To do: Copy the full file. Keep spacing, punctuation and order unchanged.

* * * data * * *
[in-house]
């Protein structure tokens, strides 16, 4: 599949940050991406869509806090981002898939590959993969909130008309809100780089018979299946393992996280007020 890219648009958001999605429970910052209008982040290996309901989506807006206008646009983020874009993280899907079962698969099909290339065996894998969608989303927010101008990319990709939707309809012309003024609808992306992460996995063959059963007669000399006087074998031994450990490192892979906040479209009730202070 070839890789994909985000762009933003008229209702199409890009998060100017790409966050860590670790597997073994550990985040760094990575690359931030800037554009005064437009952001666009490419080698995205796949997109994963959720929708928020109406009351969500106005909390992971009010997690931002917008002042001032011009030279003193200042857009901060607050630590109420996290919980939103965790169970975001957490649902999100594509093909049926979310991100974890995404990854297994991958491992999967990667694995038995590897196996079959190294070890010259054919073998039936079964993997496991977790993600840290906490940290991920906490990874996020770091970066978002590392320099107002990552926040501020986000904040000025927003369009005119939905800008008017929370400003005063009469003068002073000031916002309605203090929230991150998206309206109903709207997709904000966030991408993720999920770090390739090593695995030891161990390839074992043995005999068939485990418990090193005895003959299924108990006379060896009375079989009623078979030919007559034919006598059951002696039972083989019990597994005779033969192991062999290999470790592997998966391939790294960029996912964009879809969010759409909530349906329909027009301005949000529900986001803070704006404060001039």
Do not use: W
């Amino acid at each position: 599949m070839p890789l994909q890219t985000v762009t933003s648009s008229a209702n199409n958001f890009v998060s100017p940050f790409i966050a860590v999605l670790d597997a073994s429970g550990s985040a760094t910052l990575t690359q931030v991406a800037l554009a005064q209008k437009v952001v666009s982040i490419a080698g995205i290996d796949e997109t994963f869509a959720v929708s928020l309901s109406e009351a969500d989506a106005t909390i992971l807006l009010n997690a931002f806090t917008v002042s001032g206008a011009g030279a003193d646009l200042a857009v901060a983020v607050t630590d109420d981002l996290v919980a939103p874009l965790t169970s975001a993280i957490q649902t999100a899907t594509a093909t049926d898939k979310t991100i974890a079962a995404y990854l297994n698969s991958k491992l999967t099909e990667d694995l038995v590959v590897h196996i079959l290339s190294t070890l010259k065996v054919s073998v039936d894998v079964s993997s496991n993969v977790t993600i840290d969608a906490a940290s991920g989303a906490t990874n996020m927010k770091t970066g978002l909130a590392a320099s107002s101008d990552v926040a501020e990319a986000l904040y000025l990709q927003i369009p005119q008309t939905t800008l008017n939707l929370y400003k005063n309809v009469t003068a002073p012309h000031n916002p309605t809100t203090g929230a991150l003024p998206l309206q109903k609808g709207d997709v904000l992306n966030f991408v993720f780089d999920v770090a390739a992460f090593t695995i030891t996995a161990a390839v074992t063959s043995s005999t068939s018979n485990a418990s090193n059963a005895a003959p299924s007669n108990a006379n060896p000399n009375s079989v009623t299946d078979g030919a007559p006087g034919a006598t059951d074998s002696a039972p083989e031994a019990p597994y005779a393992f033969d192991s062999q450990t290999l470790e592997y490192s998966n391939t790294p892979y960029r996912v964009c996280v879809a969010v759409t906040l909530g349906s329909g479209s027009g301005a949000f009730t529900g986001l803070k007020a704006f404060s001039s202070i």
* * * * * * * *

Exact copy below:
[in-house]
């Protein structure tokens, strides 16, 4: 599949940050991406869509806090981002898939590959993969909130008309809100780089018979299946393992996280007020 890219648009958001999605429970910052209008982040290996309901989506807006206008646009983020874009993280899907079962698969099909290339065996894998969608989303927010101008990319990709939707309809012309003024609808992306992460996995063959059963007669000399006087074998031994450990490192892979906040479209009730202070 070839890789994909985000762009933003008229209702199409890009998060100017790409966050860590670790597997073994550990985040760094990575690359931030800037554009005064437009952001666009490419080698995205796949997109994963959720929708928020109406009351969500106005909390992971009010997690931002917008002042001032011009030279003193200042857009901060607050630590109420996290919980939103965790169970975001957490649902999100594509093909049926979310991100974890995404990854297994991958491992999967990667694995038995590897196996079959190294070890010259054919073998039936079964993997496991977790993600840290906490940290991920906490990874996020770091970066978002590392320099107002990552926040501020986000904040000025927003369009005119939905800008008017929370400003005063009469003068002073000031916002309605203090929230991150998206309206109903709207997709904000966030991408993720999920770090390739090593695995030891161990390839074992043995005999068939485990418990090193005895003959299924108990006379060896009375079989009623078979030919007559034919006598059951002696039972083989019990597994005779033969192991062999290999470790592997998966391939790294960029996912964009879809969010759409909530349906329909027009301005949000529900986001803070704006404060001039």
Do not use: W
């Amino acid at each position: 599949m070839p890789l994909q890219t985000v762009t933003s648009s008229a209702n199409n958001f890009v998060s100017p940050f790409i966050a860590v999605l670790d597997a073994s429970g550990s985040a760094t910052l990575t690359q931030v991406a800037l554009a005064q209008k437009v952001v666009s982040i490419a080698g995205i290996d796949e997109t994963f869509a959720v929708s928020l309901s109406e009351a969500d989506a106005t909390i992971l807006l009010n997690a931002f806090t917008v002042s001032g206008a011009g030279a003193d646009l200042a857009v901060a983020v607050t630590d109420d981002l996290v919980a939103p874009l965790t169970s975001a993280i957490q649902t999100a899907t594509a093909t049926d898939k979310t991100i974890a079962a995404y990854l297994n698969s991958k491992l999967t099909e990667d694995l038995v590959v590897h196996i079959l290339s190294t070890l010259k065996v054919s073998v039936d894998v079964s993997s496991n993969v977790t993600i840290d969608a906490a940290s991920g989303a906490t990874n996020m927010k770091t970066g978002l909130a590392a320099s107002s101008d990552v926040a501020e990319a986000l904040y000025l990709q927003i369009p005119q008309t939905t800008l008017n939707l929370y400003k005063n309809v009469t003068a002073p012309h000031n916002p309605t809100t203090g929230a991150l003024p998206l309206q109903k609808g709207d997709v904000l992306n966030f991408v993720f780089d999920v770090a390739a992460f090593t695995i030891t996995a161990a390839v074992t063959s043995s005999t068939s018979n485990a418990s090193n059963a005895a003959p299924s007669n108990a006379n060896p000399n009375s079989v009623t299946d078979g030919a007559p006087g034919a006598t059951d074998s002696a039972p083989e031994a019990p597994y005779a393992f033969d192991s062999q450990t290999l470790e592997y490192s998966n391939t790294p892979y960029r996912v964009c996280v879809a969010v759409t906040l909530g349906s329909g479209s027009g301005a949000f009730t529900g986001l803070k007020a704006f404060s001039s202070i």